I have a pom.xml file and in that i see that their are 3 dependencies referenced for same <artifactId> the difference are in tags

<classifier>sources</classifier>
<classifier>javadoc</classifier>

I have deleted the dependencies that had the SOURCES/JAVADOCand only kept one dependency. I tested my application and every thing work fine.

What is the purpose of using this classifier tag? and why i need to duplicate dependencies twice for adding <classifier> tag with SOURCES/JAVADOC .

<dependency>
   <groupId>oauth.signpost</groupId>
   <artifactId>signpost-commonshttp4</artifactId>
   <version>1.2.1.2</version>
   <type>jar</type>
   <scope>compile</scope>
</dependency>
  <dependency>
   <groupId>oauth.signpost</groupId>
   <artifactId>signpost-commonshttp4</artifactId>
   <version>1.2.1.2</version>
   <type>jar</type>
      ***<classifier>javadoc</classifier>***
   <scope>compile</scope>
</dependency>
<dependency>
   <groupId>oauth.signpost</groupId>
   <artifactId>signpost-commonshttp4</artifactId>
   <version>1.2.1.2</version>
   <type>jar</type>
   ***<classifier>sources</classifier>***
   <scope>compile</scope>
</dependency> 
up vote 43 down vote accepted

The classifier allows to distinguish artifacts that were built from the same POM but differ in their content. It is some optional and arbitrary string that - if present - is appended to the artifact name just after the version number.

for details check http://maven.apache.org/pom.html

  • 1
    According to the document says 'that the classifiers sources and javadoc are used to deploy the project source code and API docs along with the packaged class files' what do that mean? I think that's the reason why my pom.xml uses it. Why do you need to deploy the API docs and Source code along with packaged classes. Isn't deploy packaged classes not good enough? – pushya Jan 3 '14 at 18:28
  • 5
    @pushya typically when you deploy your artifacts to a public repository such as Maven central, you include the javadocs and sources so that IDEs with Maven support can do proper code completion and JavaDoc popups, and can step into the library code when debugging. – Ian Roberts Jan 3 '14 at 18:36
  • @IanRoberts that make sense now. so that mean i can remove the dependencies that has "SOURCE/JAVADOC" and they are optional and mainly serves the purpose being developer friendly when coding? – pushya Jan 3 '14 at 18:52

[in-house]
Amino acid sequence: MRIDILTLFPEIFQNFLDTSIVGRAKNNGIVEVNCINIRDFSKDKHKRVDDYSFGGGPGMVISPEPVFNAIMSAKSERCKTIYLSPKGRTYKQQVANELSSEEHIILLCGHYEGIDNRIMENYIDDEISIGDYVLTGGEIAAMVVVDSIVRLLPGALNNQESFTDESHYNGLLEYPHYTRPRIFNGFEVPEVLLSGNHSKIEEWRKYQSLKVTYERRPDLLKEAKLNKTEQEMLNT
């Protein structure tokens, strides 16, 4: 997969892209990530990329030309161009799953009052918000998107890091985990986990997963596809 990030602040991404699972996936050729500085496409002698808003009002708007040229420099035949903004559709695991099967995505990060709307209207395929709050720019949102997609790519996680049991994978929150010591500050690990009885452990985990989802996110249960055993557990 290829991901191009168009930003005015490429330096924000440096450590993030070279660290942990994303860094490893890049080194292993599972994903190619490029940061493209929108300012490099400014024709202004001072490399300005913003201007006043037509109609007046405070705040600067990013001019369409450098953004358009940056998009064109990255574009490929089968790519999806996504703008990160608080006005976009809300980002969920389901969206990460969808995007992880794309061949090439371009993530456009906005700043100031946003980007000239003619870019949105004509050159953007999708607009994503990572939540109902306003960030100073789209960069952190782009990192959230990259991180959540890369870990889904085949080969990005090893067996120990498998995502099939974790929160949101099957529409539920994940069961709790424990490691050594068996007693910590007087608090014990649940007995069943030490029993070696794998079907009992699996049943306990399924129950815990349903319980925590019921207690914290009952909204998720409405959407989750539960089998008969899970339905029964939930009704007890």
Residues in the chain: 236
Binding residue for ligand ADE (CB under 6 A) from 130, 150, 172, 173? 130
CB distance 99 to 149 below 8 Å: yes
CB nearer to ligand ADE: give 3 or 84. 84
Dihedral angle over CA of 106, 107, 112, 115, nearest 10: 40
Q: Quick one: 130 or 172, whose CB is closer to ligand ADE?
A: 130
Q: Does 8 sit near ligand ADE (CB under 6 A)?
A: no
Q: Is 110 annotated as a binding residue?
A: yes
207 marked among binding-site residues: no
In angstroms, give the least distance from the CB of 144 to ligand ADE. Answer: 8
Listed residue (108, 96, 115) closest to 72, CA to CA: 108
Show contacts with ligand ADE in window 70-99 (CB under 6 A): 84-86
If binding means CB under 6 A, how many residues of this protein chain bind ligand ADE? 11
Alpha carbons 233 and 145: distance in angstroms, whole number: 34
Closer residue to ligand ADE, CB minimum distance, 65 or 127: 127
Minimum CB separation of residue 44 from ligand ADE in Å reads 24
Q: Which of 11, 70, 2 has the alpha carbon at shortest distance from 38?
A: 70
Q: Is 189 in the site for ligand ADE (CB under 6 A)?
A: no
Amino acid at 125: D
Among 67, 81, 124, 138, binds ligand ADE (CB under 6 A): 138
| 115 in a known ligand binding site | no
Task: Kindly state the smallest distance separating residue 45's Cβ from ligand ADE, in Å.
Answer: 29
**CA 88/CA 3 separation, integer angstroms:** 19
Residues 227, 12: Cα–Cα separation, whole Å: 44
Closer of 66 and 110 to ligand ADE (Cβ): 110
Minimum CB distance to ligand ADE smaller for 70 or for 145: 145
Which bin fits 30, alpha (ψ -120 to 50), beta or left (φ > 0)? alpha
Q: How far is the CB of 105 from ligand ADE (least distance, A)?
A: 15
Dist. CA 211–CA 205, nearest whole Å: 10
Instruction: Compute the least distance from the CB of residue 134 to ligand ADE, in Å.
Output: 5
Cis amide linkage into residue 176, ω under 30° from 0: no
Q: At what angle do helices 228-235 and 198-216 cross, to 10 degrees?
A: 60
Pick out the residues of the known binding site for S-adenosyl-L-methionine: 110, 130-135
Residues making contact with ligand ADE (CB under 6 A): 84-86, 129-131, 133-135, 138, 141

• 1
    @pushya More than likely, yes. Try it and see what happens. – Ian Roberts Jan 3 '14 at 19:06

Example for Classifier
As a motivation for this element, consider for example a project that offers an artifact targeting JRE 1.8 but at the same time also an artifact that still supports JRE 1.7. The first artifact could be equipped with the classifier jdk18 and the second one with jdk14 such that clients can choose which one to use.

Another common use case for classifiers is the need to attach secondary artifacts to the project's main artifact. If you browse the Maven central repository, you will notice that the classifiers sources and javadoc are used to deploy the project source code and API docs along with the packaged class files.

It allows distinguishing two artifacts that belong to the same POM but were built differently, and is appended to the filename after the version.

For example if you have other artifacts in your repository (docs, sources ...) you can reference them and add them to your project as dependency. in this code by adding the <classifier>sources</classifier> we are getting the sources.jar from repository.

    <dependency>
    <groupId>oauth.signpost</groupId>
    <artifactId>signpost-commonshttp4</artifactId>
    <version>1.2.1.2</version>
    <type>jar</type>
    ***<classifier>sources</classifier>***
    <scope>compile</scope>
    </dependency> 

actually It lets you locate your dependencies with the further level of granularity.

Yet another more pragmatic answer by an example to help to understand the usefulness of classifier better.

Suppose you have a need for two versions of an artifact: for openjpa and for eclipselink - say because jar contains entities that are needed to be enhanced JPA implementation specifically.

You might have some different handling for these builds defined in Maven profiles and the profiles used then have also property <classifier />.

To build the differently classified versions, in pom the maven-jar-plugin would then be configured followingly

<plugin>
   <groupId>org.apache.maven.plugins</groupId>
   <artifactId>maven-jar-plugin</artifactId>
   <version>3.0.2</version>
   <configuration>
       <classifier>${classifier}</classifier>
   </configuration>
</plugin>

Installing both would result to files in repo something like this:

org/example/data/1.0.0/data-1.0.0.pom
org/example/data/1.0.0/data-1.0.0-openjpa.jar
org/example/data/1.0.0/data-1.0.0-eclipselink.jar

Now it would be only matter of classifier to which one use, so

<dependency>
   <groupId>org.example</groupId>
   <artifactId>data</artifactId>
   <version>1.0.0</version>
   <classifier>[openjpa|eclipselink]</classifier>
</dependency>

According to the following: https://blog.packagecloud.io/eng/2017/03/09/how-does-a-maven-repository-work/ classifier tag has implies "Secondary Artifact", which its "transitive dependency" will be cut off! Thus classifier tag not only change "Maven Coordinate" by $artifactId-$version-$classifier.jar!

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